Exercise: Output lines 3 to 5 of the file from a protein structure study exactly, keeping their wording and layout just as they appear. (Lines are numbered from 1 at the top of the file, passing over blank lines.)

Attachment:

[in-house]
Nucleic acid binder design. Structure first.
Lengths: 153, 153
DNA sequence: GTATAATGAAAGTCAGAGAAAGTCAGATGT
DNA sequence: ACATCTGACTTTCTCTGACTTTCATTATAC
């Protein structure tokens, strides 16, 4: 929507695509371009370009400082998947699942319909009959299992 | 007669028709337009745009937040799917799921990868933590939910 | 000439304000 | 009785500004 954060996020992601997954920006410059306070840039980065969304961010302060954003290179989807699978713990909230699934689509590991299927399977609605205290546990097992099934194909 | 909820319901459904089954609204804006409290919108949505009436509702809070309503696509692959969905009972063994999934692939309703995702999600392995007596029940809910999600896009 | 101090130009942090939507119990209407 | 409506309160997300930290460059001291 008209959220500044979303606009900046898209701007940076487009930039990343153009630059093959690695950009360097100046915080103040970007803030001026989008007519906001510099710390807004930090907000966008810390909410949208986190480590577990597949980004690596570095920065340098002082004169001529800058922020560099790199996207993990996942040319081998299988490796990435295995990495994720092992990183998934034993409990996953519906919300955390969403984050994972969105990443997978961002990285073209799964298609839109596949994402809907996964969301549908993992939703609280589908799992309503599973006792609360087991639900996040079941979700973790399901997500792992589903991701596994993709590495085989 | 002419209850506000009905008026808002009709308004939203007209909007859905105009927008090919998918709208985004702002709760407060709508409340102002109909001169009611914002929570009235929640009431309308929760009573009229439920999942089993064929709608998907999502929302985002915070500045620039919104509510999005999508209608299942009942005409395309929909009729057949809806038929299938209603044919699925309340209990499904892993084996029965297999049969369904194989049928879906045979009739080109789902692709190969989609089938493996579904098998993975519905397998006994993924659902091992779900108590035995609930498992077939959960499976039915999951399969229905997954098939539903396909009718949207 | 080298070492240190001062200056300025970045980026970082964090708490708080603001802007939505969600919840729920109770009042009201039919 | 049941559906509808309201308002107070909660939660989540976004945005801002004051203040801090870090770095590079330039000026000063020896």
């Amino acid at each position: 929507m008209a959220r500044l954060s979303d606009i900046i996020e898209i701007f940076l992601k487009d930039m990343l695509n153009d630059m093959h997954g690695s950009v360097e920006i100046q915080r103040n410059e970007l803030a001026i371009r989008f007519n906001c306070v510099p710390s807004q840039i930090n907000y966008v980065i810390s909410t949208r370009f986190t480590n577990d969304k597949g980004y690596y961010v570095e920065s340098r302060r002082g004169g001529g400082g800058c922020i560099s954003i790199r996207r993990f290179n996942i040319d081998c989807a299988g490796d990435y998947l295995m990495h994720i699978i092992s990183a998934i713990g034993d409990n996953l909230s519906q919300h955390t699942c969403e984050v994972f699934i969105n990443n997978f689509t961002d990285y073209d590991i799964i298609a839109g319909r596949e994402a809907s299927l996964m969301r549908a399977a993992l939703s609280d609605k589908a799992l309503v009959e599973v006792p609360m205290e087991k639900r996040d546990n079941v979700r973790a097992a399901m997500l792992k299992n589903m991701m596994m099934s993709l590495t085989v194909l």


Lengths: 153, 153
DNA sequence: GTATAATGAAAGTCAGAGAAAGTCAGATGT
DNA sequence: ACATCTGACTTTCTCTGACTTTCATTATAC